You refer to
access logcat for an app
If "an app" is one that you are developing, then although Android now restricts installed apps from seeing the global logcat output, it still allows you to access data that your own process sends to logcat (whether from your own code, or from framework code that runs within your process). It's a simple matter of getting your app to run the logcat command on the device to send the data to a file, and then uploading that file to a webserver somewhere so you can read it.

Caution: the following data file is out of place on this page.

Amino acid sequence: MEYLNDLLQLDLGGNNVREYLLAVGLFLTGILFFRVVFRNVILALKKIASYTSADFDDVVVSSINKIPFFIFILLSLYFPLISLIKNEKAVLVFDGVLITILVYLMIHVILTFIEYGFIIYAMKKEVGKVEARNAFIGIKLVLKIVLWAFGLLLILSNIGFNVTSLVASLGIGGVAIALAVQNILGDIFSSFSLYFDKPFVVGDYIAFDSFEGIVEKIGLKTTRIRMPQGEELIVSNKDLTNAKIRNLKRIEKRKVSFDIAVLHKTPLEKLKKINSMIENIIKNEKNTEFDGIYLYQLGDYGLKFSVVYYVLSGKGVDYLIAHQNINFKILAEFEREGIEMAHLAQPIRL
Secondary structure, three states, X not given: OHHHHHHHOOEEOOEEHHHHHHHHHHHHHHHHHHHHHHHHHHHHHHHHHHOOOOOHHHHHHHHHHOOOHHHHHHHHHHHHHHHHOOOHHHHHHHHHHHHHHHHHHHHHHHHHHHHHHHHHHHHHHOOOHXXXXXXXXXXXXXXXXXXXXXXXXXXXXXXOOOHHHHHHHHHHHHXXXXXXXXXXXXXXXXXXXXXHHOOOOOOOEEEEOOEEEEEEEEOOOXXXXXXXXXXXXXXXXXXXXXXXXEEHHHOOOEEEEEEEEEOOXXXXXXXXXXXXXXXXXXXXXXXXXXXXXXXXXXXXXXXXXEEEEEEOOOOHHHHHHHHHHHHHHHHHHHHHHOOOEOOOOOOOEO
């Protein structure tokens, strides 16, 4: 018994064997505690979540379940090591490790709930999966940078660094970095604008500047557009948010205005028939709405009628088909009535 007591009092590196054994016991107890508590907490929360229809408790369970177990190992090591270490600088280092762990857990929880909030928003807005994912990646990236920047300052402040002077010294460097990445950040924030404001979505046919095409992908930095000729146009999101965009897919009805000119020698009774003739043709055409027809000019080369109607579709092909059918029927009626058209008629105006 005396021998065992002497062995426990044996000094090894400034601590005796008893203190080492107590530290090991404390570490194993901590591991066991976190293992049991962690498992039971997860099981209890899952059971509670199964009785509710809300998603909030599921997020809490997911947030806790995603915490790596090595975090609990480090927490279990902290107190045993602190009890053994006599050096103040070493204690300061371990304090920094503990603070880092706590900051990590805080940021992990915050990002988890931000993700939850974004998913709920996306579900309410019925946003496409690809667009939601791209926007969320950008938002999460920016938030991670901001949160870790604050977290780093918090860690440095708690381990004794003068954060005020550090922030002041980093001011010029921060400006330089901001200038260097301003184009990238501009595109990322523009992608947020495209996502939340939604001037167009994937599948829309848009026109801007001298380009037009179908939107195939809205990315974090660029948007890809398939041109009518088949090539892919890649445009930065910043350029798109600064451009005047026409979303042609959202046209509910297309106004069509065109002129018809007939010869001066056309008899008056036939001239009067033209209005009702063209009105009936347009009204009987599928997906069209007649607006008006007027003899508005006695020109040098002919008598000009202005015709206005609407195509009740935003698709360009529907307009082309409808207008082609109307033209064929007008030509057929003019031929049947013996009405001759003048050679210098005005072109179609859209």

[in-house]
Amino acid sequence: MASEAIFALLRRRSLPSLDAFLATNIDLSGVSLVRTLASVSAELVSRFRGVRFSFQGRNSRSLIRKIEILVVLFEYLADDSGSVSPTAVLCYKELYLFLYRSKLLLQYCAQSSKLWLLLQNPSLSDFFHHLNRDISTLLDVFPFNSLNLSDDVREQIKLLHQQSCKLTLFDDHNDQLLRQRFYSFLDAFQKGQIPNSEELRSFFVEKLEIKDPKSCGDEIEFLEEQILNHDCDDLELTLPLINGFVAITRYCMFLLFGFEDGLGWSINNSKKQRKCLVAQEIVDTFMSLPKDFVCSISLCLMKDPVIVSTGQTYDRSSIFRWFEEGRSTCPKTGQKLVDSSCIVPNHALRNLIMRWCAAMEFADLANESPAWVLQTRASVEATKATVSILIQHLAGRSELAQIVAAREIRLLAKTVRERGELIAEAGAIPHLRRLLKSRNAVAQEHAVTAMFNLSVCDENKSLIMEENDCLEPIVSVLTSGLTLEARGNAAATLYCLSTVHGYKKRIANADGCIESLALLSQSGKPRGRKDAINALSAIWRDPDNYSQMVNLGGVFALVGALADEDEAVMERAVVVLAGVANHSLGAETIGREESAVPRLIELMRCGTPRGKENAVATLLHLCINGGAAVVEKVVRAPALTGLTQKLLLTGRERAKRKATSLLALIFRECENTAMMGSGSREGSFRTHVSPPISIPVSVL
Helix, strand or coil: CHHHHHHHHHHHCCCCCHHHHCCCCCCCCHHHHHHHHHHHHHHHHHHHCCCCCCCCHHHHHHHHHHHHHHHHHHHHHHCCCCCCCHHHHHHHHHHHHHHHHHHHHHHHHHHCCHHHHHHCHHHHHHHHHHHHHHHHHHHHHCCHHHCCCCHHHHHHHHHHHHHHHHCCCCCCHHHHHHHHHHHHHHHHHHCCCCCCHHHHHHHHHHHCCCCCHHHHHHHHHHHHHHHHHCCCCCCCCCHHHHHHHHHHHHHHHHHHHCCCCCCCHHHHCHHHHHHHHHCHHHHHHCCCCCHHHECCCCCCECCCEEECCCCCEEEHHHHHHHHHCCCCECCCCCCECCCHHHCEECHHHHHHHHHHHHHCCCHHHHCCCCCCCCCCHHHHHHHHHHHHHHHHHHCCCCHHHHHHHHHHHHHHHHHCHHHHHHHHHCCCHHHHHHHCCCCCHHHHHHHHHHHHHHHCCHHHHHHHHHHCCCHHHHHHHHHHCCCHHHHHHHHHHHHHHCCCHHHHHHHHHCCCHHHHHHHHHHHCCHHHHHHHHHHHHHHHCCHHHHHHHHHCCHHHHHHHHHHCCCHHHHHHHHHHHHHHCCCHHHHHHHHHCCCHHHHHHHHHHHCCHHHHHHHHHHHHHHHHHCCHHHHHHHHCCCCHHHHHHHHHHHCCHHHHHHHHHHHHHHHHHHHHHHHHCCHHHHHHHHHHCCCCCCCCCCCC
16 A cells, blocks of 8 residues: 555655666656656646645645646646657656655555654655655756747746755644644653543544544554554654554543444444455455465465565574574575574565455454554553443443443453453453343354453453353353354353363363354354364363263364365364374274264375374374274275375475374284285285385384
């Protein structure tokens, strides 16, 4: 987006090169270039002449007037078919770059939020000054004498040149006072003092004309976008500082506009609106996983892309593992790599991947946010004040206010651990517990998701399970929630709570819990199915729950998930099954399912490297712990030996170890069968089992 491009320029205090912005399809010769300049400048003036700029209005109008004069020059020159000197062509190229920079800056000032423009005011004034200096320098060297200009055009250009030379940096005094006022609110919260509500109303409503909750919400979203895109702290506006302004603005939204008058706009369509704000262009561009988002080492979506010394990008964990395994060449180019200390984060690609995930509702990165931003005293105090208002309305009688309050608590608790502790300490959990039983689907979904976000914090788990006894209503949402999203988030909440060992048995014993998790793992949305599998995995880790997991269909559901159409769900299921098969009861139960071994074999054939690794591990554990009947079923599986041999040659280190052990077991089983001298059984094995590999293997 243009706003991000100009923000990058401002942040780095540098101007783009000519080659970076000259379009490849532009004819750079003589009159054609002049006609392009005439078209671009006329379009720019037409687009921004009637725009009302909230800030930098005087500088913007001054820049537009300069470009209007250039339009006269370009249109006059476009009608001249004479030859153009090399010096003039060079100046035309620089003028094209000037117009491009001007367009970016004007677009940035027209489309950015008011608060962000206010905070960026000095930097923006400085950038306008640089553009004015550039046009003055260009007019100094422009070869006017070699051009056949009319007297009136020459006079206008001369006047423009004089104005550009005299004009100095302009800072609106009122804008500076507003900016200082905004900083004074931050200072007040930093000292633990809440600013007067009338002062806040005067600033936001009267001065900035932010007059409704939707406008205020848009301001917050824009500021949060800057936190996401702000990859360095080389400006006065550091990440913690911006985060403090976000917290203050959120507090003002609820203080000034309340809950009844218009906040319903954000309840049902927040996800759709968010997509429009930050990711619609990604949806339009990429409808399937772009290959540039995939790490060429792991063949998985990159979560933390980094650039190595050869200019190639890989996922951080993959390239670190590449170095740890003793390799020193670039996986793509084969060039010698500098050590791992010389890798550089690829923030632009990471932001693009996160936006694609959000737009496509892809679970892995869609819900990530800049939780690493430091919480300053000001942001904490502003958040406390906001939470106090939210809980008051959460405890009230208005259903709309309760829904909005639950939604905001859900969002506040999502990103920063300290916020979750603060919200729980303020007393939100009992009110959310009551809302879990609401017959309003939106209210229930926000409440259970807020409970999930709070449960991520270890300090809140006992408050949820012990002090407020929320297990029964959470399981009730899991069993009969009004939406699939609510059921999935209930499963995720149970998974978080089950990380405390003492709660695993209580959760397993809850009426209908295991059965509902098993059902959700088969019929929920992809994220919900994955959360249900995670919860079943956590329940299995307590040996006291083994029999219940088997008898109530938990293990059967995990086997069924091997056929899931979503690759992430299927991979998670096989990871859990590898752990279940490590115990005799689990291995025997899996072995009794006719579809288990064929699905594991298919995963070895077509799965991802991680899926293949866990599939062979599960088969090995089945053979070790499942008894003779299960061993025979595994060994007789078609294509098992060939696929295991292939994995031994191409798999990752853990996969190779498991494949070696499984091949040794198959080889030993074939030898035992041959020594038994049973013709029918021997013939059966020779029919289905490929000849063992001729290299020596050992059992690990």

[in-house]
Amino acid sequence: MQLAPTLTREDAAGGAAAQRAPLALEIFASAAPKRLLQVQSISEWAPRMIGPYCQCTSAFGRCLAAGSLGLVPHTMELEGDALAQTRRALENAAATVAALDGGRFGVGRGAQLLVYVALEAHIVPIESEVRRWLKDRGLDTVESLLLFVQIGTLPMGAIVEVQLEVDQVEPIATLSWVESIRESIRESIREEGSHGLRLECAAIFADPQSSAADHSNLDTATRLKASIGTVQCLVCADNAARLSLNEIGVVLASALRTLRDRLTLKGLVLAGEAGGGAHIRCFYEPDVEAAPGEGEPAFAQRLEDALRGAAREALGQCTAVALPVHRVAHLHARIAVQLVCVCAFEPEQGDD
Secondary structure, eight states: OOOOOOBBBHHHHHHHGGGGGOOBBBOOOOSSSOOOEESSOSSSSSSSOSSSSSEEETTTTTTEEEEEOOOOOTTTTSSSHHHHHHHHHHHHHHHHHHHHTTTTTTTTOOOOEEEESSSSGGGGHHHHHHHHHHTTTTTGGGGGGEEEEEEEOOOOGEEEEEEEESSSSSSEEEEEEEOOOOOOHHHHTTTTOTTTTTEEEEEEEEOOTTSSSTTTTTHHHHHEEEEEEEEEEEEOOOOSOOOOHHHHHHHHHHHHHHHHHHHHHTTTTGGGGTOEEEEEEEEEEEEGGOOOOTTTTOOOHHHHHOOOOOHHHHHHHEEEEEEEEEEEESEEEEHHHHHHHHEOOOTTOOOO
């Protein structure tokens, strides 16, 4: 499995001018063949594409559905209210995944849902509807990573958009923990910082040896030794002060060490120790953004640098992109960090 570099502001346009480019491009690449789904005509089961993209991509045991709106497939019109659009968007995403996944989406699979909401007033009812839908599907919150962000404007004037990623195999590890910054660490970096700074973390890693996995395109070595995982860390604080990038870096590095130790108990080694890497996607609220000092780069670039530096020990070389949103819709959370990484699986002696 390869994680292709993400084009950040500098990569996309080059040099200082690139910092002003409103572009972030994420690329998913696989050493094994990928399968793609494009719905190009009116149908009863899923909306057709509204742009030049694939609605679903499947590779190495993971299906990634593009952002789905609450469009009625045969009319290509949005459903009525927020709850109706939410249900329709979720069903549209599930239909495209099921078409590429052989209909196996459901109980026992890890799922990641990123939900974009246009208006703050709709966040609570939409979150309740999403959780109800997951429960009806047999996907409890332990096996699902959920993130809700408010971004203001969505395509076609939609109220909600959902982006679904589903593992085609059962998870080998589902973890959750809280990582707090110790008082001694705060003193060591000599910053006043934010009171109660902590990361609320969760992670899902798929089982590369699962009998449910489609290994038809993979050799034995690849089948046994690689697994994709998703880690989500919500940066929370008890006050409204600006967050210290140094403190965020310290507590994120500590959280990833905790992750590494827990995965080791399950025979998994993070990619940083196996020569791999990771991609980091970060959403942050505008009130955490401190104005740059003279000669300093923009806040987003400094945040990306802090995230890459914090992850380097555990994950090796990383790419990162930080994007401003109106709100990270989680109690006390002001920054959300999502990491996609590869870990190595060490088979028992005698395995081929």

(Read logcat programmatically within application gives the general principle, which is to exec the logcat program, and then read its output).
If however you are trying to get the logcat output from all the apps on the device, then getting adb working in some form is your only viable choice.
I assume you can install apps on the device, by placing them on an external website and downloading them using the device's webbrowser, then opening the downloaded file.
Thus you may be able to install a settings app extracted from a 4.2 phone, which might allow you to turn on adb debugging (though as you point out, the physical cabling is unusual).